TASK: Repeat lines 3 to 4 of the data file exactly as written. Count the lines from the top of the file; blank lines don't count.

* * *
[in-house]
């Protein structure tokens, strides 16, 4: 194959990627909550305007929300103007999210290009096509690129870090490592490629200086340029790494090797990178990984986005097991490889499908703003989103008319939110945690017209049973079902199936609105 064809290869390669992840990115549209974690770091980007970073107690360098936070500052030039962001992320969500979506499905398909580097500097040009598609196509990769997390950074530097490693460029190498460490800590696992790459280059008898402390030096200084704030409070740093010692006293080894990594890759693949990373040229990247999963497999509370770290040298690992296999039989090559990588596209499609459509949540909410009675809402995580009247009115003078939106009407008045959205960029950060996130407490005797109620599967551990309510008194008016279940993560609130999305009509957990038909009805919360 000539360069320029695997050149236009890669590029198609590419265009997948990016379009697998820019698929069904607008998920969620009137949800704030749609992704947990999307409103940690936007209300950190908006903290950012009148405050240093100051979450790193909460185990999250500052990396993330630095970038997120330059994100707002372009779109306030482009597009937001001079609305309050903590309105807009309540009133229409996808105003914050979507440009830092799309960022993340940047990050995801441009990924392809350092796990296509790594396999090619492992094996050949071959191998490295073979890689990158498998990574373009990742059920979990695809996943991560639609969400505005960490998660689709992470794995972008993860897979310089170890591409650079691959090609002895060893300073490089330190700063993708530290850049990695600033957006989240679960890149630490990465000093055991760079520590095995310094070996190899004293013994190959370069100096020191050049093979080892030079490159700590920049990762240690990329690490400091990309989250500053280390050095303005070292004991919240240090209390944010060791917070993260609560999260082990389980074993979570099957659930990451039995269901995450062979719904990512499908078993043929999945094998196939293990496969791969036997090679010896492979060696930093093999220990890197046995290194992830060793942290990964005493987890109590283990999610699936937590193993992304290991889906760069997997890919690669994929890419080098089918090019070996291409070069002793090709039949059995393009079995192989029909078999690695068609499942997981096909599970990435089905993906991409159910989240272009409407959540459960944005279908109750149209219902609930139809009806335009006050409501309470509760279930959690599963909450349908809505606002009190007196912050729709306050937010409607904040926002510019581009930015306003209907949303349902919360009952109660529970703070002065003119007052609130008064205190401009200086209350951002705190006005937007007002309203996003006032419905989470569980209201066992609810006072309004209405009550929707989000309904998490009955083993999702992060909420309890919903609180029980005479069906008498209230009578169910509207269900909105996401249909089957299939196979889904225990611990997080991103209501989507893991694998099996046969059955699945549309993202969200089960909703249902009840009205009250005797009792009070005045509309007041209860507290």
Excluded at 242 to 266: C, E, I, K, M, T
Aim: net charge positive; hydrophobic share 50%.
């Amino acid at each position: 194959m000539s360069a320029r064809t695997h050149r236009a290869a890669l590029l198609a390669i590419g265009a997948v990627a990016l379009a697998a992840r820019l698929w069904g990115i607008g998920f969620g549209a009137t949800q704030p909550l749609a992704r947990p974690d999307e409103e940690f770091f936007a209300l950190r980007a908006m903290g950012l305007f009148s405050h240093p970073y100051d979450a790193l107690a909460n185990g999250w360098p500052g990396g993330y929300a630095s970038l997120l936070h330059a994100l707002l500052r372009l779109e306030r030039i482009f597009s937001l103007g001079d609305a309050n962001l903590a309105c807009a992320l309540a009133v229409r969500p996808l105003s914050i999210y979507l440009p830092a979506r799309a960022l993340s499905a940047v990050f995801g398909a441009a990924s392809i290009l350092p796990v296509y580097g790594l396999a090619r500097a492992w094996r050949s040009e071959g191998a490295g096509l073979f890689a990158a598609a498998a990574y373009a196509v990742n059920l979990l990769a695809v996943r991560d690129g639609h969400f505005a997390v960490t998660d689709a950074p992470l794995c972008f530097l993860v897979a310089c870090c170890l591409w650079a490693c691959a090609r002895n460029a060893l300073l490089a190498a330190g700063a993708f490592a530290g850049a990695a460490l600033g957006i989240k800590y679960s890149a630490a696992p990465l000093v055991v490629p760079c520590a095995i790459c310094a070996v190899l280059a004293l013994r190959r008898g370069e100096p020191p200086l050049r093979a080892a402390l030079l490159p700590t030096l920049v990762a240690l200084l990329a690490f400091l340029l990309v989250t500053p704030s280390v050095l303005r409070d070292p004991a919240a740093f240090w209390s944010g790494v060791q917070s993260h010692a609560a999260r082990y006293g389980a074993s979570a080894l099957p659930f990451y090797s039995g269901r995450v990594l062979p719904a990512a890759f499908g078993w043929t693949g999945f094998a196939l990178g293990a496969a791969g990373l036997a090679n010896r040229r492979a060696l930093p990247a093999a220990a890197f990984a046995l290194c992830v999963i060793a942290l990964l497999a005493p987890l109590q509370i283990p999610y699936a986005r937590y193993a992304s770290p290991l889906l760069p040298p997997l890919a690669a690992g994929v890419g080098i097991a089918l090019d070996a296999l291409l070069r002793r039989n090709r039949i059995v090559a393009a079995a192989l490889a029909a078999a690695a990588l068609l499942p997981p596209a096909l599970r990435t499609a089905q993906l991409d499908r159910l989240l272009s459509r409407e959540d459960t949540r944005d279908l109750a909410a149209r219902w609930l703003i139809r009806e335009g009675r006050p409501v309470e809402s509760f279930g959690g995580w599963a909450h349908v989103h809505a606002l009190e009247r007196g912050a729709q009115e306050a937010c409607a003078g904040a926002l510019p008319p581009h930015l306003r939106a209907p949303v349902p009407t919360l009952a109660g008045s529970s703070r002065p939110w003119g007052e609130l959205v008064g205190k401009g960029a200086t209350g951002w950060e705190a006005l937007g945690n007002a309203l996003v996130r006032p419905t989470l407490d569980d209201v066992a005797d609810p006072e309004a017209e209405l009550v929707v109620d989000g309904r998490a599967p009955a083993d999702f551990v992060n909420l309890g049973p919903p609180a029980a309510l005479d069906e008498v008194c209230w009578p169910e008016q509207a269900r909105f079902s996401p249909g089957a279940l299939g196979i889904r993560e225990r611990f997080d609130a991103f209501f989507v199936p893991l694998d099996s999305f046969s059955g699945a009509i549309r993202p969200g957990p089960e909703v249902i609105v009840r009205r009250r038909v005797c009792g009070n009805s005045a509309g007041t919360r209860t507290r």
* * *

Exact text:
Excluded at 242 to 266: C, E, I, K, M, T
Aim: net charge positive; hydrophobic share 50%.